A new tool developed by scientists at The Methodist Hospital separates tumor-causing cancer cells from more benign cells by subjecting the cells to a microscopic game of Plinko -- except only the squishiest cells make it through.
As reported in this week's Proceedings of the National Academy of Sciences (early edition online), the more flexible, tumor-causing cells navigated a gamut of tiny barriers, whereas the more rigid, more benign cells had trouble squeezing through 7 micrometer holes. Methodist scientists worked with University of Texas MD Anderson Cancer Center researchers to test the device with different kinds of cancer cells.
The work supports the hypothesis that cell squishiness indicates tumor potential. Most normal cells contain a developed cytoskeleton -- a network of tiny but strong rod-shaped proteins that give cells their shape and structure. In their feverish drive to divide, cancer cells may be diverting resources away from developing a cytoskeleton in favor of division, hence the squishiness.
"We have created many pathways for cells to cross barriers," said Methodist nanomedical faculty Lidong Qin, Ph.D., the project's principal investigator. "The throughput of a MS-Chip is at the level of one million cells. When a stiff cell blocks one particular barrier, many other bypasses will allow flexible cells to flow through."
Cancer stem cells are known to be squishier than other cancer cells. The team of scientists showed that flexible cells separated by the MS-Chip exhibited gene expression patterns consistent with cancer stem cells.
"Many papers indicate the presence of cancer stem cells means a worse prognosis for patients," said cancer scientist Jenny Chang, M.D., co-principal investigator and director of Methodist's Cancer Center. "Yet they are not typically quantified by doctors."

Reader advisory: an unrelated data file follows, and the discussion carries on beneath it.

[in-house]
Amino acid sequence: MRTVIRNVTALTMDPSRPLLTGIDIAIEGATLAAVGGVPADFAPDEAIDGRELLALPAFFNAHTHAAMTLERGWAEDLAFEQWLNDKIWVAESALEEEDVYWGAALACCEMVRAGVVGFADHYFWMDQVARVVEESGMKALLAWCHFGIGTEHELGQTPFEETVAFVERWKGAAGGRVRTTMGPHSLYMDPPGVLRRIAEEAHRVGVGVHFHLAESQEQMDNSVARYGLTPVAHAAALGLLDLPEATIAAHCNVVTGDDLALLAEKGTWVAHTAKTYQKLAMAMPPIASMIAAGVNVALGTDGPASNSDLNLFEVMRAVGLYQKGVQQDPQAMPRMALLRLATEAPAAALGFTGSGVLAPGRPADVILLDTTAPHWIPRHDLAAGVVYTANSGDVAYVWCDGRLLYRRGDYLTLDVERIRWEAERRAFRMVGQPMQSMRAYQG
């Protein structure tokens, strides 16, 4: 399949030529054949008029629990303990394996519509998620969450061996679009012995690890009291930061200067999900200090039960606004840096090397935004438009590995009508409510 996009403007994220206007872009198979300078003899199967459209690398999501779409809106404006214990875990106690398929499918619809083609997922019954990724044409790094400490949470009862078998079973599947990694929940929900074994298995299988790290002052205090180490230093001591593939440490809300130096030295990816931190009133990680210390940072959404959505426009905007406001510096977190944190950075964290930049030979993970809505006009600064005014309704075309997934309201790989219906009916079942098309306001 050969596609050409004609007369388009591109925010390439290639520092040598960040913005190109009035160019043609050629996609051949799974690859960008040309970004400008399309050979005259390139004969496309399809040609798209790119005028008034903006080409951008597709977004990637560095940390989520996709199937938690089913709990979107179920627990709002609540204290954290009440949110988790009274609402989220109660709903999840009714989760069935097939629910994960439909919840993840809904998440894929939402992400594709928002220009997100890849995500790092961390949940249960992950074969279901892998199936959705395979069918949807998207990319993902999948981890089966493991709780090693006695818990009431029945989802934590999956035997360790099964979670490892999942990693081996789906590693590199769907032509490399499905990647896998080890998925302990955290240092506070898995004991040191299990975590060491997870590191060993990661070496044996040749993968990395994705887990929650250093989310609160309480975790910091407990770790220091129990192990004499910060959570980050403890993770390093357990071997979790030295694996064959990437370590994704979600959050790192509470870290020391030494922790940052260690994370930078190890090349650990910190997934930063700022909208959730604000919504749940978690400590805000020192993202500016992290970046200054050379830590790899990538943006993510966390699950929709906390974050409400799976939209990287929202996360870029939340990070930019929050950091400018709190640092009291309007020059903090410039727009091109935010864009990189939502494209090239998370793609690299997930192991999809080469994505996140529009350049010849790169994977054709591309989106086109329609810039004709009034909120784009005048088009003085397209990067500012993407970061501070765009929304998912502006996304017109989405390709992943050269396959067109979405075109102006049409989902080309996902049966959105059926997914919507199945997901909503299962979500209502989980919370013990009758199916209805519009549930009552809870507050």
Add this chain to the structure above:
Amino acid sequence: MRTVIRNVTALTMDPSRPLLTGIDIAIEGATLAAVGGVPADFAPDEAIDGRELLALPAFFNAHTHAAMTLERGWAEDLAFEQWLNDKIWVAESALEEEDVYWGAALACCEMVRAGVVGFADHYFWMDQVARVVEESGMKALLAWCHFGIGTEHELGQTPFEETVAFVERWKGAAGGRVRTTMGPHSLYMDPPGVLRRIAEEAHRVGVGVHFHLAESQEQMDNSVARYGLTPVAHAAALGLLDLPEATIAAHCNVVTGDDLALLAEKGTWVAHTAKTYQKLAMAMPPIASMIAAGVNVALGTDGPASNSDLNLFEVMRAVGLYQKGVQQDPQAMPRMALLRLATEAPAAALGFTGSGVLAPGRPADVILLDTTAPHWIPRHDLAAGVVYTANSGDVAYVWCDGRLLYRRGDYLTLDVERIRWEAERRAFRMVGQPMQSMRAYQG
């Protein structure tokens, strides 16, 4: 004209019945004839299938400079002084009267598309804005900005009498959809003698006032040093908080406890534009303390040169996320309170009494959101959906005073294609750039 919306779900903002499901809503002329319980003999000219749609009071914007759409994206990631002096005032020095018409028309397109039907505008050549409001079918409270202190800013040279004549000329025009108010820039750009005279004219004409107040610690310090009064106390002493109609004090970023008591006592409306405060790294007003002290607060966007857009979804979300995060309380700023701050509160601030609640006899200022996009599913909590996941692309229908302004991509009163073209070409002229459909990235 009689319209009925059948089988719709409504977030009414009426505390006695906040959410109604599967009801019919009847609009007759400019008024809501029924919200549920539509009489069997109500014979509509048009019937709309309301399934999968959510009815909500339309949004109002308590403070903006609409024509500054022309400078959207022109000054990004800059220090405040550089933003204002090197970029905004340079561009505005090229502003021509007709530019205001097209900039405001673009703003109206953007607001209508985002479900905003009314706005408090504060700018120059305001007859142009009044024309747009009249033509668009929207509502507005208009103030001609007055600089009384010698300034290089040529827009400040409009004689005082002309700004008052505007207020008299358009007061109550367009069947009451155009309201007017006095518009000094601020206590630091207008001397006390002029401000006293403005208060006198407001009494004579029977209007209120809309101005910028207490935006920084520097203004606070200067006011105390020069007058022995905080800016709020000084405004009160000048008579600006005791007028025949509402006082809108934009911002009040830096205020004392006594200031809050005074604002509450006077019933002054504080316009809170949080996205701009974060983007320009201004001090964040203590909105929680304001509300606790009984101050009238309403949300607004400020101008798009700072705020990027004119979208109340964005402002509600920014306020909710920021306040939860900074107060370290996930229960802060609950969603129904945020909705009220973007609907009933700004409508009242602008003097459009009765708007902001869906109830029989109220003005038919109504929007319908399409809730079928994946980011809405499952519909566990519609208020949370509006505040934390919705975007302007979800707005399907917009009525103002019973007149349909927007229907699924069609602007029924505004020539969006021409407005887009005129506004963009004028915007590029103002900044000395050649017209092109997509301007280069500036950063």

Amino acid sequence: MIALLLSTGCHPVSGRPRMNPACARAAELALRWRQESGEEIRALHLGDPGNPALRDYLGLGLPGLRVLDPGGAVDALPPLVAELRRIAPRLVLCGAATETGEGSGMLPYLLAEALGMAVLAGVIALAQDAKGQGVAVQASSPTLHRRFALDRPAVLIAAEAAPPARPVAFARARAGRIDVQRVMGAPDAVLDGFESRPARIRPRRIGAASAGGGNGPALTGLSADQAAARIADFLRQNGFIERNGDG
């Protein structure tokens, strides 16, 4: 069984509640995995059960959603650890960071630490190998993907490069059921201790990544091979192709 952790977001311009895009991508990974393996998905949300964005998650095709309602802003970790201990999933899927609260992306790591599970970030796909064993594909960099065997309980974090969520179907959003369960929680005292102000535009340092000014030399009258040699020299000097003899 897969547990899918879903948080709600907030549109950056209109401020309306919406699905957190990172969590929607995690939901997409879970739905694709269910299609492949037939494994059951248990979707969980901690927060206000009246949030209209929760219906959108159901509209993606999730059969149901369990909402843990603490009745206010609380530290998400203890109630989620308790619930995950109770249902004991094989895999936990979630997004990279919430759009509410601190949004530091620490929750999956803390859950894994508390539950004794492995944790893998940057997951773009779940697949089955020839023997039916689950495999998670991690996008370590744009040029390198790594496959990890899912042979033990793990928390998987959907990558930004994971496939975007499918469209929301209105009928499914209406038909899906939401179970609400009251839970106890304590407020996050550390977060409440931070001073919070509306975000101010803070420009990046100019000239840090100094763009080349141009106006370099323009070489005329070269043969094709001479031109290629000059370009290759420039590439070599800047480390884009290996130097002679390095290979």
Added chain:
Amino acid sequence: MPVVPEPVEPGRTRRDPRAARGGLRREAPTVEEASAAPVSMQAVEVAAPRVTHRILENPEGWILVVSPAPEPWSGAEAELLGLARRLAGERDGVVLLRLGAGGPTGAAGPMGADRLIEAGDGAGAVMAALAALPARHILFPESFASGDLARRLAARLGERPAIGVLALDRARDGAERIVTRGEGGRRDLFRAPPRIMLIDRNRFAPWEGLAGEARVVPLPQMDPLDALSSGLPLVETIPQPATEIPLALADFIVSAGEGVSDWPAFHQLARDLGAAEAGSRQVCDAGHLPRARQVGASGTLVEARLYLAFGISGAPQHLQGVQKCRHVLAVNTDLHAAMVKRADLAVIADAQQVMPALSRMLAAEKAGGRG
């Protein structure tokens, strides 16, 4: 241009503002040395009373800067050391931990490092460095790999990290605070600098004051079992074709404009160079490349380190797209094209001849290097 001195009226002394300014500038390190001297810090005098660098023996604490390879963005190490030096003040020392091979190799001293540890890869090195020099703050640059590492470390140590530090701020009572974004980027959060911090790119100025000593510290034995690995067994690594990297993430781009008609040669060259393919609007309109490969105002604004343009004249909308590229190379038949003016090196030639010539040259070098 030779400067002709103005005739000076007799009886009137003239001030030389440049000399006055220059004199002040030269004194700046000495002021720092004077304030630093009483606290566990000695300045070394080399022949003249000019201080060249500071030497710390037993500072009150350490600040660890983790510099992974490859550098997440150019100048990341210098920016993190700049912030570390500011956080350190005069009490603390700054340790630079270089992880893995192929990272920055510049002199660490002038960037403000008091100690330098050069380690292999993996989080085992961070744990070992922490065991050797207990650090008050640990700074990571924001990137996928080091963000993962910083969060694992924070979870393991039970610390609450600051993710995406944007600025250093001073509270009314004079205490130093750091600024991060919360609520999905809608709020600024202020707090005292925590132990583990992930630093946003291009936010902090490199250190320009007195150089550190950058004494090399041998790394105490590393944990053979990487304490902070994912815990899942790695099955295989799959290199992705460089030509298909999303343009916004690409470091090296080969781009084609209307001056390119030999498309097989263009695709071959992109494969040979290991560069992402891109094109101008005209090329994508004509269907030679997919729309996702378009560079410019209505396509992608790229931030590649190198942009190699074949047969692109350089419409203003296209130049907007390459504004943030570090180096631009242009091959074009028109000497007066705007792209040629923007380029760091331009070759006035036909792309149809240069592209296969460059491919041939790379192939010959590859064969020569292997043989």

Subsequent analysis of separated cells by the Methodist and MD Anderson team showed the flexible cells were less likely to express cell cytoskeleton genes and more likely to express the motility genes that could contribute to metastasis.
By testing for the presence of metastatic cells, doctors may be able to tell whether cancer treatment was successful, or an as-yet untreated cancer's likelihood of metastasizing to another part of the body.
A growing awareness of cancer stem cells' role in cancer metastasis and recurrence and has been frustrated by the absence of technology that makes this knowledge useful to doctors and their patients. Up to now, there has been no way of quickly and reliably separating and identifying the more dangerous tumor-causing cells from a biopsy.
The new device, which was developed at Methodist, successfully enriched tumor-causing cells from a mixture of cancer cells. It is called the Mechanical Separation Chip, or MS-Chip. Cells separated by the device can be easily collected and studied. The current standard for cell separation, flow cytometry, is relatively slow and relies on cell surface biomarkers.
"Our microfluidics cell separation via MS-Chip provides a high throughput method that can particularly sort cells to different levels of stiffness, which opens a new avenue to study stiffness related cellular and molecular biology," Qin said. "Downstream molecular analysis, including genomic and proteomic profiling of the cell subtypes, provides an approach to identifying new biomarkers relevant to cancer stem cells and cancer metastasis."
Right now, each MS-Chip costs about $10 to produce.
"If massively produced, MS-Chip cost could be at the level of one dollar per chip," Qin said. "Running a mechanical cell separation will be even less expensive than flow cytometry cell sorting."